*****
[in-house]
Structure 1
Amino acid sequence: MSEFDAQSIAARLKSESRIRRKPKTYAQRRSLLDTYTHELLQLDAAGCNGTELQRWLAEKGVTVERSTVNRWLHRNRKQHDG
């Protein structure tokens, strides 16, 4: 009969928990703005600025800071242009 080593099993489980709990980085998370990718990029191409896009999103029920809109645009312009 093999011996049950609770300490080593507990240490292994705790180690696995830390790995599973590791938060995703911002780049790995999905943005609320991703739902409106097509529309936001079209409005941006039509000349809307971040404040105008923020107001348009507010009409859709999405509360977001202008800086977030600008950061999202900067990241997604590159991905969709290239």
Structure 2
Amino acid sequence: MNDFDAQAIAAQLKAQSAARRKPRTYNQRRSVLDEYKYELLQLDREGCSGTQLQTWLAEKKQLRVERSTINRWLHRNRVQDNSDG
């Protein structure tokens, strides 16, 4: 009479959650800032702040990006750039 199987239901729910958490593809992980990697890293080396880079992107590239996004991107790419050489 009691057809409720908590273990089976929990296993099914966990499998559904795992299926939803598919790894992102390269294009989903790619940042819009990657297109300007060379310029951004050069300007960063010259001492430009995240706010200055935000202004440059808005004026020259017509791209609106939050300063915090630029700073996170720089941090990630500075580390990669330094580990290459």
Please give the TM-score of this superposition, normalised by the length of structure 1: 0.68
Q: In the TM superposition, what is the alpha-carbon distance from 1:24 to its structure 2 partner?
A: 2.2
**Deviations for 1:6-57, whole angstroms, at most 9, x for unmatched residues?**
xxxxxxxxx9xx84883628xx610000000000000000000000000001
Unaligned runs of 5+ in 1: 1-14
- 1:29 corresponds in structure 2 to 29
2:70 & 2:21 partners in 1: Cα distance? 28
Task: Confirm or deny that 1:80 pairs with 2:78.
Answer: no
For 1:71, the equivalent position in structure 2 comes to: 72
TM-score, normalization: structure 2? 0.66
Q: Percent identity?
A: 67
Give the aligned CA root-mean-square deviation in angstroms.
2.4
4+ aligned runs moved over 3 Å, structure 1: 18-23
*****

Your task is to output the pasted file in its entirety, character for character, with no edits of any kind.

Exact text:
[in-house]
Structure 1
Amino acid sequence: MSEFDAQSIAARLKSESRIRRKPKTYAQRRSLLDTYTHELLQLDAAGCNGTELQRWLAEKGVTVERSTVNRWLHRNRKQHDG
């Protein structure tokens, strides 16, 4: 009969928990703005600025800071242009 080593099993489980709990980085998370990718990029191409896009999103029920809109645009312009 093999011996049950609770300490080593507990240490292994705790180690696995830390790995599973590791938060995703911002780049790995999905943005609320991703739902409106097509529309936001079209409005941006039509000349809307971040404040105008923020107001348009507010009409859709999405509360977001202008800086977030600008950061999202900067990241997604590159991905969709290239």
Structure 2
Amino acid sequence: MNDFDAQAIAAQLKAQSAARRKPRTYNQRRSVLDEYKYELLQLDREGCSGTQLQTWLAEKKQLRVERSTINRWLHRNRVQDNSDG
């Protein structure tokens, strides 16, 4: 009479959650800032702040990006750039 199987239901729910958490593809992980990697890293080396880079992107590239996004991107790419050489 009691057809409720908590273990089976929990296993099914966990499998559904795992299926939803598919790894992102390269294009989903790619940042819009990657297109300007060379310029951004050069300007960063010259001492430009995240706010200055935000202004440059808005004026020259017509791209609106939050300063915090630029700073996170720089941090990630500075580390990669330094580990290459």
Please give the TM-score of this superposition, normalised by the length of structure 1: 0.68
Q: In the TM superposition, what is the alpha-carbon distance from 1:24 to its structure 2 partner?
A: 2.2
**Deviations for 1:6-57, whole angstroms, at most 9, x for unmatched residues?**
xxxxxxxxx9xx84883628xx610000000000000000000000000001
Unaligned runs of 5+ in 1: 1-14
- 1:29 corresponds in structure 2 to 29
2:70 & 2:21 partners in 1: Cα distance? 28
Task: Confirm or deny that 1:80 pairs with 2:78.
Answer: no
For 1:71, the equivalent position in structure 2 comes to: 72
TM-score, normalization: structure 2? 0.66
Q: Percent identity?
A: 67
Give the aligned CA root-mean-square deviation in angstroms.
2.4
4+ aligned runs moved over 3 Å, structure 1: 18-23